Agents from Immigration and Customs Enforcement (ICE) investigate a number of types of crime in Louisiana ranging from the production and distribution of drugs to the large-scale sale of counterfeit goods.
Louisiana’s proximity to the Southwestern border has made it a major transportation corridor for illegal drugs destined for drug markets in the Eastern U.S. With the rebuilding of areas ravaged by Hurricane Katrina, a large number of legal and illegal immigrants have come from Mexico in search of work. Mexican drug traffickers have taken advantage of this situation to mask their activities in Louisiana.
What it Takes to Become an ICE Agent in Louisiana
Get a Degree – ICE has a number of requirements for applicants who seek to become special agents, also known as criminal investigators. The agency requires a high level of education: either a year of graduate school or one of several measures of distinction for a bachelor’s degree that include the following:
- Ranking in the top third of their class
- Either a B+ for courses in their major or a B for all courses
- Having been elected to a national honor society
Meet Basic and Experience Requirements – An additional requirement is that applicants be younger than 37. This can be waived for veterans. Being a U.S. citizen is an absolute requirement.
A number of applicants have prior experience in law enforcement or investigating criminal enterprises. This can help to substitute for part of the education requirement.
Participate in Training – Recruits start their careers by taking part in a 22 weeklong program at the National Law Enforcement Center in Georgia. Their training involves learning to use firearms, taking academic courses, and getting in top physical condition during this time.
Contact the Local Special Agent in Charge – Residents of Louisiana who want more information about how to become an ICE agent should contact the Special Agent in Charge (SAC) for the state. This agent is located in New Orleans, and the phone number is 504-310-8800.
Criminal Investigations of Federal Crimes in Louisiana
Special agents of ICE had been involved in a number of arrests of U.S. citizens and illegal immigrants who have committed crimes in Louisiana.
Stopping Drug Traffickers – Drug trafficking in Louisiana is at such high levels that eight parishes are part of the Gulf HIDTA (High Intensity Drug Trafficking Area). There is a drug task force located in every major city in Louisiana. While a number of drugs are sold in the region, the sale and abuse of heroin is a particular problem in New Orleans and contributes to high levels of violent and property crime in the city.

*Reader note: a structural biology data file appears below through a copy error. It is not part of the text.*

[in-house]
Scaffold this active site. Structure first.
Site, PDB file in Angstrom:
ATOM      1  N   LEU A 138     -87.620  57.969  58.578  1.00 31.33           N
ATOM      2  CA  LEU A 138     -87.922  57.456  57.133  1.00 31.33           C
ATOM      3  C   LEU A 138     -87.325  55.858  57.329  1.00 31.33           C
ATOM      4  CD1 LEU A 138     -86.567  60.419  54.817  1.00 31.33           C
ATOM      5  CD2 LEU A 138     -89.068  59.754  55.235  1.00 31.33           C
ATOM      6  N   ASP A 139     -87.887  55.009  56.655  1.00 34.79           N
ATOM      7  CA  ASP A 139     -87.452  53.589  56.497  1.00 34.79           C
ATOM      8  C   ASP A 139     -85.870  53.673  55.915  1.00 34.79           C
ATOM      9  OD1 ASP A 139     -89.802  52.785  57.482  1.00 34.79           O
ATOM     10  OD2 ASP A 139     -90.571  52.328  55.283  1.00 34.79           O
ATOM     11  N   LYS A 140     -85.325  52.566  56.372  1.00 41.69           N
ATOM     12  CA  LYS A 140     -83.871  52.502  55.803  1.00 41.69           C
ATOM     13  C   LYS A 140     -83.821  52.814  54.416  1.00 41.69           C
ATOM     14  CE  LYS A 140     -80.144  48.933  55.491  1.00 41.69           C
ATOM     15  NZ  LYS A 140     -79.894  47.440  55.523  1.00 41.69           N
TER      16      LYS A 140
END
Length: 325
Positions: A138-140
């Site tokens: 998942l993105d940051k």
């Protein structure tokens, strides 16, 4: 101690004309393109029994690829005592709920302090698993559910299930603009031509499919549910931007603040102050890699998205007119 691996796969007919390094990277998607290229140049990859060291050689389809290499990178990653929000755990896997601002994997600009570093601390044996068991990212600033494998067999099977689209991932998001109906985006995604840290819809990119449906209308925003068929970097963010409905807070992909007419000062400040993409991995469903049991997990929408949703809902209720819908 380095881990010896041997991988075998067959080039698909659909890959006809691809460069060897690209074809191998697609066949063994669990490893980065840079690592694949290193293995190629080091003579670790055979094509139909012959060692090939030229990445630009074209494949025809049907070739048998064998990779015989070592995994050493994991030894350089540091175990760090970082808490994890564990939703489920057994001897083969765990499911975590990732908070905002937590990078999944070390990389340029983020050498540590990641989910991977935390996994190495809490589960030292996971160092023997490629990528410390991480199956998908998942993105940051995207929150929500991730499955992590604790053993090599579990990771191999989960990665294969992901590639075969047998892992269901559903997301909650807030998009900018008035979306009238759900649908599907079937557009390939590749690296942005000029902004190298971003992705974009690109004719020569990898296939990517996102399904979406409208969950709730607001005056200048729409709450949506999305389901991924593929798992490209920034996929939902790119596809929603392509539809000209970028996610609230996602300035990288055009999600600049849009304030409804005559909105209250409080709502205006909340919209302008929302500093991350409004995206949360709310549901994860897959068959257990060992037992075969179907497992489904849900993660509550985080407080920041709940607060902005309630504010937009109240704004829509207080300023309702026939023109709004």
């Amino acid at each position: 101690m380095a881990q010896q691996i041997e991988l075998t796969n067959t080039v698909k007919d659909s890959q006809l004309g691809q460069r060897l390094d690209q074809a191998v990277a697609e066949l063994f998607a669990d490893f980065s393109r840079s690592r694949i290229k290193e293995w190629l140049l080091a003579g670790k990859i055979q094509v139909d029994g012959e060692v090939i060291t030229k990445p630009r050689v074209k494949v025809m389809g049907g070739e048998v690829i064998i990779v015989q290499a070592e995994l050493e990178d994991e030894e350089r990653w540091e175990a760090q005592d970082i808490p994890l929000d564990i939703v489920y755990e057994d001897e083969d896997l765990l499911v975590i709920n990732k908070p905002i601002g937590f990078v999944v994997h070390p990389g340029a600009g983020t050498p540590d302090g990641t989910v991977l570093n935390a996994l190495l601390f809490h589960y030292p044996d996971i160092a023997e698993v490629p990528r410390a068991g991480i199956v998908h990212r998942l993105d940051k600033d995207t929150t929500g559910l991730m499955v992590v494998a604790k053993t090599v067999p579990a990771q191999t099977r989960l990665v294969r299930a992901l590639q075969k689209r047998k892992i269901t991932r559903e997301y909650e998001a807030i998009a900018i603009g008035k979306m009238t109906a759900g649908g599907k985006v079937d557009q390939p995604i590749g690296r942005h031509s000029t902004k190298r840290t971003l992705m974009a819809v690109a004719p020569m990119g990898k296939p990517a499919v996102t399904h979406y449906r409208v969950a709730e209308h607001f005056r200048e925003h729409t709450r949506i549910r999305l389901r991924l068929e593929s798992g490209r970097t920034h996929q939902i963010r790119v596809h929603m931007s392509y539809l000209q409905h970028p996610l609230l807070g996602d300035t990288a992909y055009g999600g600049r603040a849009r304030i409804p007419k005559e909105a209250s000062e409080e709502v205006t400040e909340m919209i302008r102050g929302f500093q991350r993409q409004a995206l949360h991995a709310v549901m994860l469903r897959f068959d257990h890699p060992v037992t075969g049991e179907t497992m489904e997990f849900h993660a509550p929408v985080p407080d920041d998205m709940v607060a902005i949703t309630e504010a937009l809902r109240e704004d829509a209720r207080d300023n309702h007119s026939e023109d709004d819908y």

Interceptions in 2013 that involved ICE agents included the arrest of a couple from Shreveport for importing 9,000 painkillers aboard a cruise ship from Belize. In addition, ICE agents worked with other federal authorities and local law enforcement officers to arrest a business owner from Lafayette who was distributing $1.5 million worth of synthetic marijuana across several states.
Disrupting the Activities of Child Pornographers – ICE agents have worked to dismantle international child porn rings, as well as hunting child predators who have been active in Louisiana. In 2013, agents sought the help of the public in identifying a suspected child predator from northern Louisiana. They were able to trace him to the Jonesboro area with the aid of GPS data in two videos, and tips from the public led to his arrest.
Stopping Counterfeit Goods Trafficking – Proceeds from the sale of large quantities of counterfeit goods frequently end up in the coffers of organized crime. Agents of ICE have disrupted some large counterfeit operations in Louisiana, particularly around the XLVIII Super Bowl. Nationally, ICE agents in partnership with other federal agencies had seized over $13.6 million of fake NFL merchandise by January 2013 as part of Operation Red Zone.